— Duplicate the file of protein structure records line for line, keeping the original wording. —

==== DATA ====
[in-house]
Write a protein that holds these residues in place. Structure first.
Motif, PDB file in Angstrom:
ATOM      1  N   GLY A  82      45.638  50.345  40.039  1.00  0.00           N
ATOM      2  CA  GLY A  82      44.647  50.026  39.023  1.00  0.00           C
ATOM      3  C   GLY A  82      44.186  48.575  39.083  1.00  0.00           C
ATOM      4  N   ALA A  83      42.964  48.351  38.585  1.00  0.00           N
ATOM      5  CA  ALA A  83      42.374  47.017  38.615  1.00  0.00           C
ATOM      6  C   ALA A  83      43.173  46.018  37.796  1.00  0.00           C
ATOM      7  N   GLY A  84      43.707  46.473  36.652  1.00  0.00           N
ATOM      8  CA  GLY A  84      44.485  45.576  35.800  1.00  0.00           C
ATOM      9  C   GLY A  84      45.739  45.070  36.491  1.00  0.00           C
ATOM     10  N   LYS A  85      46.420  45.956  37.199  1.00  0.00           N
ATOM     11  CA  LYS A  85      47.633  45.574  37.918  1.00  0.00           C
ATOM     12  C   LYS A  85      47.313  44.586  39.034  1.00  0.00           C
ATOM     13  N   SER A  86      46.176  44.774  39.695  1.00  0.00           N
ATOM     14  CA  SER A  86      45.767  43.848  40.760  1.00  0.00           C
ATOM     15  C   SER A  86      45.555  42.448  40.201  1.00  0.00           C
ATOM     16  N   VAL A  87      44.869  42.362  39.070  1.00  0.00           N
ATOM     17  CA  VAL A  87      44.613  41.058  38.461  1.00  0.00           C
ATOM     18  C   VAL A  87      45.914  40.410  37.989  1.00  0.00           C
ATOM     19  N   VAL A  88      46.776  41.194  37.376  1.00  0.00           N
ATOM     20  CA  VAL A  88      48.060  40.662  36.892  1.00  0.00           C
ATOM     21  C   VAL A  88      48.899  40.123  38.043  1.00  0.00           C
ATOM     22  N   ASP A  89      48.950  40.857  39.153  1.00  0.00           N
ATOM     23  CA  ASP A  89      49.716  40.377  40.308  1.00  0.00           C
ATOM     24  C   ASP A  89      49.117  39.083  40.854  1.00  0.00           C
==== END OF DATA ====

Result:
[in-house]
Write a protein that holds these residues in place. Structure first.
Motif, PDB file in Angstrom:
ATOM      1  N   GLY A  82      45.638  50.345  40.039  1.00  0.00           N
ATOM      2  CA  GLY A  82      44.647  50.026  39.023  1.00  0.00           C
ATOM      3  C   GLY A  82      44.186  48.575  39.083  1.00  0.00           C
ATOM      4  N   ALA A  83      42.964  48.351  38.585  1.00  0.00           N
ATOM      5  CA  ALA A  83      42.374  47.017  38.615  1.00  0.00           C
ATOM      6  C   ALA A  83      43.173  46.018  37.796  1.00  0.00           C
ATOM      7  N   GLY A  84      43.707  46.473  36.652  1.00  0.00           N
ATOM      8  CA  GLY A  84      44.485  45.576  35.800  1.00  0.00           C
ATOM      9  C   GLY A  84      45.739  45.070  36.491  1.00  0.00           C
ATOM     10  N   LYS A  85      46.420  45.956  37.199  1.00  0.00           N
ATOM     11  CA  LYS A  85      47.633  45.574  37.918  1.00  0.00           C
ATOM     12  C   LYS A  85      47.313  44.586  39.034  1.00  0.00           C
ATOM     13  N   SER A  86      46.176  44.774  39.695  1.00  0.00           N
ATOM     14  CA  SER A  86      45.767  43.848  40.760  1.00  0.00           C
ATOM     15  C   SER A  86      45.555  42.448  40.201  1.00  0.00           C
ATOM     16  N   VAL A  87      44.869  42.362  39.070  1.00  0.00           N
ATOM     17  CA  VAL A  87      44.613  41.058  38.461  1.00  0.00           C
ATOM     18  C   VAL A  87      45.914  40.410  37.989  1.00  0.00           C
ATOM     19  N   VAL A  88      46.776  41.194  37.376  1.00  0.00           N
ATOM     20  CA  VAL A  88      48.060  40.662  36.892  1.00  0.00           C
ATOM     21  C   VAL A  88      48.899  40.123  38.043  1.00  0.00           C
ATOM     22  N   ASP A  89      48.950  40.857  39.153  1.00  0.00           N
ATOM     23  CA  ASP A  89      49.716  40.377  40.308  1.00  0.00           C
ATOM     24  C   ASP A  89      49.117  39.083  40.854  1.00  0.00           C